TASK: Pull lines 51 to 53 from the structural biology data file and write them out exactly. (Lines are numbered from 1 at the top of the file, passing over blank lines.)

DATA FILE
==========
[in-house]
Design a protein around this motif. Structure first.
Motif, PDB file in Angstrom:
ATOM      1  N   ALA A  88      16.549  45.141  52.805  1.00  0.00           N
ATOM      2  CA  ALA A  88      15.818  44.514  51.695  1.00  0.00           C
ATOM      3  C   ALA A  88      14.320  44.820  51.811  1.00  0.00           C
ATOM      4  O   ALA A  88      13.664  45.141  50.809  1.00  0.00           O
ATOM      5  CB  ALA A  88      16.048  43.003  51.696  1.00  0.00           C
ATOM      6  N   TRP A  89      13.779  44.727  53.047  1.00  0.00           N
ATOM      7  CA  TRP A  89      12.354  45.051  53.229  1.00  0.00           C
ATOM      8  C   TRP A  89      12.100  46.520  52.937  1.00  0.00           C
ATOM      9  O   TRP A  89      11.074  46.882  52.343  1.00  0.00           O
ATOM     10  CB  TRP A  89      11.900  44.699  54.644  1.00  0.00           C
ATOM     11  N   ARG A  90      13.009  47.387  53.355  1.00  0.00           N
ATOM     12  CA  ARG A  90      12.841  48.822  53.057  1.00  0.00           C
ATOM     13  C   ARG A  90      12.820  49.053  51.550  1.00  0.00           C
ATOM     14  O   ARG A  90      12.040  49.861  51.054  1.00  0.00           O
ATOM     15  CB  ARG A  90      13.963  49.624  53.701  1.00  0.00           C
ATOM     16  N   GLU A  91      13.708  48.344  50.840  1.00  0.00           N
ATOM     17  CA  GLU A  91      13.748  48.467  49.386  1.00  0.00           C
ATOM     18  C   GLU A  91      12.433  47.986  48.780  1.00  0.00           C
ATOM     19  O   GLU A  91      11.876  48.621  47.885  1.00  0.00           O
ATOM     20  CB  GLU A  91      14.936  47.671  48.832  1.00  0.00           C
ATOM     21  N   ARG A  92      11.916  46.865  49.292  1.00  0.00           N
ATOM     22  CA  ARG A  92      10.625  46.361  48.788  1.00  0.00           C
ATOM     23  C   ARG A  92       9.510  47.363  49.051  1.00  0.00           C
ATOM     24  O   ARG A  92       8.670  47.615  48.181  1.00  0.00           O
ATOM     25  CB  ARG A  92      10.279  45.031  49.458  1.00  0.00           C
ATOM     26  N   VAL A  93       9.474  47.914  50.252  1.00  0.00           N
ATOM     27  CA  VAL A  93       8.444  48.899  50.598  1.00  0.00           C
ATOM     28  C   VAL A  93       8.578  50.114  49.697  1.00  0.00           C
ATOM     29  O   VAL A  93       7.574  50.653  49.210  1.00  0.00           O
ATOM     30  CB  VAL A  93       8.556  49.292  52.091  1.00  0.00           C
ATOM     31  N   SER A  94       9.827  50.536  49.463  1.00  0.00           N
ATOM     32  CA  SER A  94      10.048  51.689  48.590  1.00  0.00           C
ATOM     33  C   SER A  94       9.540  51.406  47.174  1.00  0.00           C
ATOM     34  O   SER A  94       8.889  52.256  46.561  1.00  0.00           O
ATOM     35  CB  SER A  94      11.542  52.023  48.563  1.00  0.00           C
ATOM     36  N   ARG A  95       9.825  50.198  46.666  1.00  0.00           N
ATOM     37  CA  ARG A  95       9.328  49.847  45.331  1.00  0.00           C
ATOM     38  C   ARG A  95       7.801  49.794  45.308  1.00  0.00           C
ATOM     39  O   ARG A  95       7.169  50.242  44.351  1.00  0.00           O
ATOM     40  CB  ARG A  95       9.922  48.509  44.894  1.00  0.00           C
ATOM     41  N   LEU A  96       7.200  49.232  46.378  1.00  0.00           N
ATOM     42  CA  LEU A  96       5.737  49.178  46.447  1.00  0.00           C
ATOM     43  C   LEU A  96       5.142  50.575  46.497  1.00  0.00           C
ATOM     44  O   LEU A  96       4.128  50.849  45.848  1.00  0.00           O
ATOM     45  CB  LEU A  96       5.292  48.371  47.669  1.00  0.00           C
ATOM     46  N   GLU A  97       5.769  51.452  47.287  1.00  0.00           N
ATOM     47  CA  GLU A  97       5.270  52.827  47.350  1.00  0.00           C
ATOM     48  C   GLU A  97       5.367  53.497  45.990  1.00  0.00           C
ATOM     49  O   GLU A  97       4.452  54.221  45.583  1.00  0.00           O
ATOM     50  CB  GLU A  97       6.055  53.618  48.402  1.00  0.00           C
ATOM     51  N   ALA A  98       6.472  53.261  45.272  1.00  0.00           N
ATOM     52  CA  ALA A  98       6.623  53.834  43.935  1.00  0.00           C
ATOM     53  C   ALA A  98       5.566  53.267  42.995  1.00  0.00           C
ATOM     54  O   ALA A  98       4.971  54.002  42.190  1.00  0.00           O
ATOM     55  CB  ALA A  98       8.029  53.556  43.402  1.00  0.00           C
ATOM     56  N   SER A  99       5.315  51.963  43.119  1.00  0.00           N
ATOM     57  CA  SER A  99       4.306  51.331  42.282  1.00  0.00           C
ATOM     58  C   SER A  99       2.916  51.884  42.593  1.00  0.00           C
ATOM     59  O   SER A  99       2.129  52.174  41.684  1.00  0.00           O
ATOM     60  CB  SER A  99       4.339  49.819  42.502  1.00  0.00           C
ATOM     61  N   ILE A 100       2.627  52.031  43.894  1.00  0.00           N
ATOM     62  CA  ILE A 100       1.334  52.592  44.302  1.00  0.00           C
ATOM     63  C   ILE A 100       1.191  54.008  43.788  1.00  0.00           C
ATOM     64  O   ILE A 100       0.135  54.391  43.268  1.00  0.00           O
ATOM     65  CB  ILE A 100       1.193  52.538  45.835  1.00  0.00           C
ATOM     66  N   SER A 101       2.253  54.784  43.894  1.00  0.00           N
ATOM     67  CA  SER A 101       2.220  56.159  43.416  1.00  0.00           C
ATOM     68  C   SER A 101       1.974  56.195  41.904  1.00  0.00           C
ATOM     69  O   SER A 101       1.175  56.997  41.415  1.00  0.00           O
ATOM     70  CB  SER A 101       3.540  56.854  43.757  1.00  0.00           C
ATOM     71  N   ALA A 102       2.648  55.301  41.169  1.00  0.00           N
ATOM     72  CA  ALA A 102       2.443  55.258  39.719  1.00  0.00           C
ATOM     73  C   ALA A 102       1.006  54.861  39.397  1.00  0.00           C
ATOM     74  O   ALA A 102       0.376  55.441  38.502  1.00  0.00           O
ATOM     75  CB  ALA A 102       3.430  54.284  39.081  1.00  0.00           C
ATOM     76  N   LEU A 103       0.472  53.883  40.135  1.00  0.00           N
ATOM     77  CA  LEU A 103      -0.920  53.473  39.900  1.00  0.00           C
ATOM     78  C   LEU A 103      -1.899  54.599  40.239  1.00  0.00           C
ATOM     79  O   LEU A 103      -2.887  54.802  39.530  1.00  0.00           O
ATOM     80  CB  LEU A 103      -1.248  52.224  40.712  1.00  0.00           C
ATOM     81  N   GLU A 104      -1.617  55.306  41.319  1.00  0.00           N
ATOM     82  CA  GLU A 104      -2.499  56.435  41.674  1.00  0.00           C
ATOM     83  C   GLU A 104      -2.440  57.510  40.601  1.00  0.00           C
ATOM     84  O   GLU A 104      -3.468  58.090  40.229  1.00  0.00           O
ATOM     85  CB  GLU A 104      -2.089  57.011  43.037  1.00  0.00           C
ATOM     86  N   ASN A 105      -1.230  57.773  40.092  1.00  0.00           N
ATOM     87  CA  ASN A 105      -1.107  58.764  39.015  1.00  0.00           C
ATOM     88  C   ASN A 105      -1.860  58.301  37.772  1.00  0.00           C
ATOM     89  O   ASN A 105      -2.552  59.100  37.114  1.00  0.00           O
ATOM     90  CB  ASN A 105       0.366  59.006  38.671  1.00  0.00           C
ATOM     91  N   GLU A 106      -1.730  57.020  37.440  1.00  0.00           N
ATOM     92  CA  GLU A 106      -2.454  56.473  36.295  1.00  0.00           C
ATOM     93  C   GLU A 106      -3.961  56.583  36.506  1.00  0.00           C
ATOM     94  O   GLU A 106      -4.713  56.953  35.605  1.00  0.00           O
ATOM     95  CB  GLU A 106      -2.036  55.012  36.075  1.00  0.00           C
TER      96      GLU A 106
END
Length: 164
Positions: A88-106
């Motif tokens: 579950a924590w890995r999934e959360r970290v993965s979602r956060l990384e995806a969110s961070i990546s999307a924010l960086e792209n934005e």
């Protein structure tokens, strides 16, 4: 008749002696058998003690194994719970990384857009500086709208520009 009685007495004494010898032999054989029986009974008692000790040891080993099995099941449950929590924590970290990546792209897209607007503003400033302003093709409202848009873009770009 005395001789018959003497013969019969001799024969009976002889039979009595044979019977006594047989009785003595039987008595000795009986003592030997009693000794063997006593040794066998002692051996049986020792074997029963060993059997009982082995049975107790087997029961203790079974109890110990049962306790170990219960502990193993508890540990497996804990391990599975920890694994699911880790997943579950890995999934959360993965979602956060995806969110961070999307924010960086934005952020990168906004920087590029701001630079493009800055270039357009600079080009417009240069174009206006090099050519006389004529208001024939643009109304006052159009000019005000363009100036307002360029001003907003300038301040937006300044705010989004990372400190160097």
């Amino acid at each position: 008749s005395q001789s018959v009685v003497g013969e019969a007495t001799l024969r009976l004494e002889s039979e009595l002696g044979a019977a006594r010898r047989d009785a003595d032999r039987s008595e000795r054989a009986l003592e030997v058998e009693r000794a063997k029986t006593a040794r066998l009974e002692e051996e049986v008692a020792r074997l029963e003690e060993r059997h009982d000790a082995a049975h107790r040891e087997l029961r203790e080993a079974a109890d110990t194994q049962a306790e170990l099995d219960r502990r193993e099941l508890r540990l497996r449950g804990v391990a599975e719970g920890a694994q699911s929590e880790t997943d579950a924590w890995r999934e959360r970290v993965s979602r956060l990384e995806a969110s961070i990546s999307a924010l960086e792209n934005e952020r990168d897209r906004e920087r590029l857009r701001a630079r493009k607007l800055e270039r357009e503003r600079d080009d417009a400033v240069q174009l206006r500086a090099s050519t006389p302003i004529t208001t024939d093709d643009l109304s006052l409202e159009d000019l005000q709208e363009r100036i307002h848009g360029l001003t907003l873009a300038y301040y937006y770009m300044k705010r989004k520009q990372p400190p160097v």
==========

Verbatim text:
ATOM     48  C   GLU A  97       5.367  53.497  45.990  1.00  0.00           C
ATOM     49  O   GLU A  97       4.452  54.221  45.583  1.00  0.00           O
ATOM     50  CB  GLU A  97       6.055  53.618  48.402  1.00  0.00           C